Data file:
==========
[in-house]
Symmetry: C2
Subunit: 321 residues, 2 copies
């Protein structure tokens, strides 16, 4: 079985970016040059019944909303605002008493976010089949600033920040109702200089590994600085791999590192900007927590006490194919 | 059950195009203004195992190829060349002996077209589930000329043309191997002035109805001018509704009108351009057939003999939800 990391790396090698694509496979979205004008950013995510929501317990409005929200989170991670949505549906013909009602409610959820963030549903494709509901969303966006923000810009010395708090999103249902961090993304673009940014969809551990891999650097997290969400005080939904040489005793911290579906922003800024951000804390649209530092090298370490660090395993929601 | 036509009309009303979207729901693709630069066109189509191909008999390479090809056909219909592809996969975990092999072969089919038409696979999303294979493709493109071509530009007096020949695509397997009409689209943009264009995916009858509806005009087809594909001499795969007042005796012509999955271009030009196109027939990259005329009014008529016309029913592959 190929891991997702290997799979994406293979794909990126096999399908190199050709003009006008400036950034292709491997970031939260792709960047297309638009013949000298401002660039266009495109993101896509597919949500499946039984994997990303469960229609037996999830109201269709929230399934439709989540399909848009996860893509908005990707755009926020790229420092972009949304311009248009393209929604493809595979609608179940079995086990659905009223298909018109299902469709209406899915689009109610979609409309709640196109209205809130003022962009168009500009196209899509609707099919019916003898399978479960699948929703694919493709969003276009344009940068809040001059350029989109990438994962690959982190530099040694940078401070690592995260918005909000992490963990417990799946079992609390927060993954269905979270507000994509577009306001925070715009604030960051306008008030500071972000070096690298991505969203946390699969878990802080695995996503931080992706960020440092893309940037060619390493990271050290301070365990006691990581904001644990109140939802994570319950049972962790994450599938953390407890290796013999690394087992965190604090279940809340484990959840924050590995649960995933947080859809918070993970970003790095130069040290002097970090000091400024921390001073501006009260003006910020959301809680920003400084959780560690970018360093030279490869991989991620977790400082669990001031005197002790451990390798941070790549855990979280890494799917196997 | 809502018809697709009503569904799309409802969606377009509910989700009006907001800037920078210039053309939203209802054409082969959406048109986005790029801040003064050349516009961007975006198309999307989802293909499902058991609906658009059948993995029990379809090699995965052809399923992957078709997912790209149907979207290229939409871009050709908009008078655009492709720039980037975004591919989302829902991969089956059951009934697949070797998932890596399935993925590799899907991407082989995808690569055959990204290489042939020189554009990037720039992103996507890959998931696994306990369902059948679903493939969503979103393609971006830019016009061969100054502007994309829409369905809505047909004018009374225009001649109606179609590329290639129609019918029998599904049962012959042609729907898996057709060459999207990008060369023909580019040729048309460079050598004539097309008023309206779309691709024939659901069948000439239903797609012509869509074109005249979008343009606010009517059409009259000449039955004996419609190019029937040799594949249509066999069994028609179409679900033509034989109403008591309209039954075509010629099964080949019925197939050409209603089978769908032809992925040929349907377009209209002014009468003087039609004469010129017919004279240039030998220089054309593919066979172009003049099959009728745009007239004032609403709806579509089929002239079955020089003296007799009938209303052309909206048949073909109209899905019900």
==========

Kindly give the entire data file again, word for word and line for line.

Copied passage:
[in-house]
Symmetry: C2
Subunit: 321 residues, 2 copies
């Protein structure tokens, strides 16, 4: 079985970016040059019944909303605002008493976010089949600033920040109702200089590994600085791999590192900007927590006490194919 | 059950195009203004195992190829060349002996077209589930000329043309191997002035109805001018509704009108351009057939003999939800 990391790396090698694509496979979205004008950013995510929501317990409005929200989170991670949505549906013909009602409610959820963030549903494709509901969303966006923000810009010395708090999103249902961090993304673009940014969809551990891999650097997290969400005080939904040489005793911290579906922003800024951000804390649209530092090298370490660090395993929601 | 036509009309009303979207729901693709630069066109189509191909008999390479090809056909219909592809996969975990092999072969089919038409696979999303294979493709493109071509530009007096020949695509397997009409689209943009264009995916009858509806005009087809594909001499795969007042005796012509999955271009030009196109027939990259005329009014008529016309029913592959 190929891991997702290997799979994406293979794909990126096999399908190199050709003009006008400036950034292709491997970031939260792709960047297309638009013949000298401002660039266009495109993101896509597919949500499946039984994997990303469960229609037996999830109201269709929230399934439709989540399909848009996860893509908005990707755009926020790229420092972009949304311009248009393209929604493809595979609608179940079995086990659905009223298909018109299902469709209406899915689009109610979609409309709640196109209205809130003022962009168009500009196209899509609707099919019916003898399978479960699948929703694919493709969003276009344009940068809040001059350029989109990438994962690959982190530099040694940078401070690592995260918005909000992490963990417990799946079992609390927060993954269905979270507000994509577009306001925070715009604030960051306008008030500071972000070096690298991505969203946390699969878990802080695995996503931080992706960020440092893309940037060619390493990271050290301070365990006691990581904001644990109140939802994570319950049972962790994450599938953390407890290796013999690394087992965190604090279940809340484990959840924050590995649960995933947080859809918070993970970003790095130069040290002097970090000091400024921390001073501006009260003006910020959301809680920003400084959780560690970018360093030279490869991989991620977790400082669990001031005197002790451990390798941070790549855990979280890494799917196997 | 809502018809697709009503569904799309409802969606377009509910989700009006907001800037920078210039053309939203209802054409082969959406048109986005790029801040003064050349516009961007975006198309999307989802293909499902058991609906658009059948993995029990379809090699995965052809399923992957078709997912790209149907979207290229939409871009050709908009008078655009492709720039980037975004591919989302829902991969089956059951009934697949070797998932890596399935993925590799899907991407082989995808690569055959990204290489042939020189554009990037720039992103996507890959998931696994306990369902059948679903493939969503979103393609971006830019016009061969100054502007994309829409369905809505047909004018009374225009001649109606179609590329290639129609019918029998599904049962012959042609729907898996057709060459999207990008060369023909580019040729048309460079050598004539097309008023309206779309691709024939659901069948000439239903797609012509869509074109005249979008343009606010009517059409009259000449039955004996419609190019029937040799594949249509066999069994028609179409679900033509034989109403008591309209039954075509010629099964080949019925197939050409209603089978769908032809992925040929349907377009209209002014009468003087039609004469010129017919004279240039030998220089054309593919066979172009003049099959009728745009007239004032609403709806579509089929002239079955020089003296007799009938209303052309909206048949073909109209899905019900």